The end of the internal combustion engine has begun

The world reached a milestone for transportation in 2017, although most people would not have noticed it at the time. In that year, consumers bought more than 85 million cars, a sales volume that dropped in 2018, and again in 2019, and then dropped in 2020 due to Covid-19. Meanwhile, sales of electric vehicles rose, and rose again, making EVs the only growth market in the automotive industry – and that meant we almost certainly reached sales of cars with internal combustion engines four years ago. The future looks even more electric, according to BloombergNEF’s annual electric vehicle forecast. The report is full of bold conclusions. For the first time, it sees mostly electric vehicles sold by the 2030s and mostly electric vehicles by the 2040s “- and this is just the normal situation. In a net release world, EVs will account for 100% of passenger vehicle sales just 15 years from now, with all the other classes of road vehicles “from two-wheelers to heavy commercial trucks”, fully electric or powered by the early 2040s. Creating these kinds of scenarios is important in our current moment when more and more businesses are committing themselves to a net zero path. Also important: to describe where we are at present. Electric cars get a lot of attention, but it’s just one type of now electrified road vehicle. Last year, EVs accounted for more than 4% of total passenger car sales and no more than 1% of the commercial vehicle market. Meanwhile, electricity accounted for 44% of electric two- and three-wheel sales, and 39% of bus sales. Just as efficient as modern car factories are, they cannot keep up with an e-scooter factory targeting 10 million units per year. Staff cars still have a long way to go to catch up. That said, I do not want to reduce the pace of change so far. The total sales value for new cars exceeded $ 2 billion last year, even with a large decline in sales. EVs are already an annual venture of more than $ 100 billion, with a striking growth rate.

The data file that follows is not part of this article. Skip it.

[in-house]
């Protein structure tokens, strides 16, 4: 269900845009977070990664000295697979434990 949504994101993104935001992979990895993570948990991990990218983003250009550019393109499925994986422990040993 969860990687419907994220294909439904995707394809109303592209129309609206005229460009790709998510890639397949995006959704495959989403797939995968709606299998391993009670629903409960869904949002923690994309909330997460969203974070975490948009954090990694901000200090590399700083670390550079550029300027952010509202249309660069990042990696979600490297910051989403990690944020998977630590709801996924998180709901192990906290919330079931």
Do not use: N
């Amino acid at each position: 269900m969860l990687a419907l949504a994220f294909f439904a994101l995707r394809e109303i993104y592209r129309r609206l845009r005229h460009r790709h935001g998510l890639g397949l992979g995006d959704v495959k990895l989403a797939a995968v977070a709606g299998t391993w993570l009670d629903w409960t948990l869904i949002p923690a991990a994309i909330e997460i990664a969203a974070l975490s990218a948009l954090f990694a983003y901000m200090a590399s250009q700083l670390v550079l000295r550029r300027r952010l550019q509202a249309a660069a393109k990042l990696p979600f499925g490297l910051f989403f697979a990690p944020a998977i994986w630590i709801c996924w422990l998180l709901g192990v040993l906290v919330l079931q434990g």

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In 2011, motor vehicles accounted for 0.1% of total passenger car sales, but BNEF thinks that by 2023 it could be 10% of sales, an increase of 100 in a little over a dozen years. I like to think of fast-growing markets in exponential, not linear terms, and once EVs pass 10% of sales, they are in the last exponent of the passenger car market. At that point, they are not playing for a part of the market, but for everything. It is worth thinking about the upcoming growth in motor vehicle vehicles from a business perspective. There comes a range of new models, many from centuries-old car manufacturers. Some of them are old brands on new vehicle types, such as Ford Motor Co.’s Mustang Mach-E, which is already being manufactured more than the name of the internal combustion engine. But more of the novice EVs are comparable to existing combustion models. I am thinking in particular of the best-selling vehicle in the United States of America over the past four decades, the F-150 and its electrified double, the F-150 Lightning. Once it hits the market next spring, a few things could happen: it could yield regular F-150 sales; it can contribute to other major manufacturers’ truck sales; or it may record sales of other vehicle classes “SUVs”. We already have data on how one company can develop comparable models with different driving forces on the sales front: Porsche. Porsche does not have many models ” – most have been sold for years or decades ”, and therefore the new launches could possibly compete with the existing offering. Porsche sells two SUV models with combustion (one of which is available as a hybrid), and now two sedans: the combustion (and hybrid) Panamera, and the fully electric Taycan. The Taycan accounted for 7% of Porsche’s quarterly sedan sales in North America when it was launched. Two quarters later it was just under half. In the first quarter of 2021, six quarters after its introduction, the Taycan accounted for 82% of sedan sales, even though the total sedan market grew. Porsche has managed to grow its sedan market with a new model, but the competition between its current and its new entrant is also crystal clear. The electric Taycan can push its sibling from the internal combustion engine to the rim ‘- too small a market to be worth a model refreshment. This is a competition that will soon see the global auto market across the board. electrically, and at some point the growth comes at the expense of sales of internal combustion engines.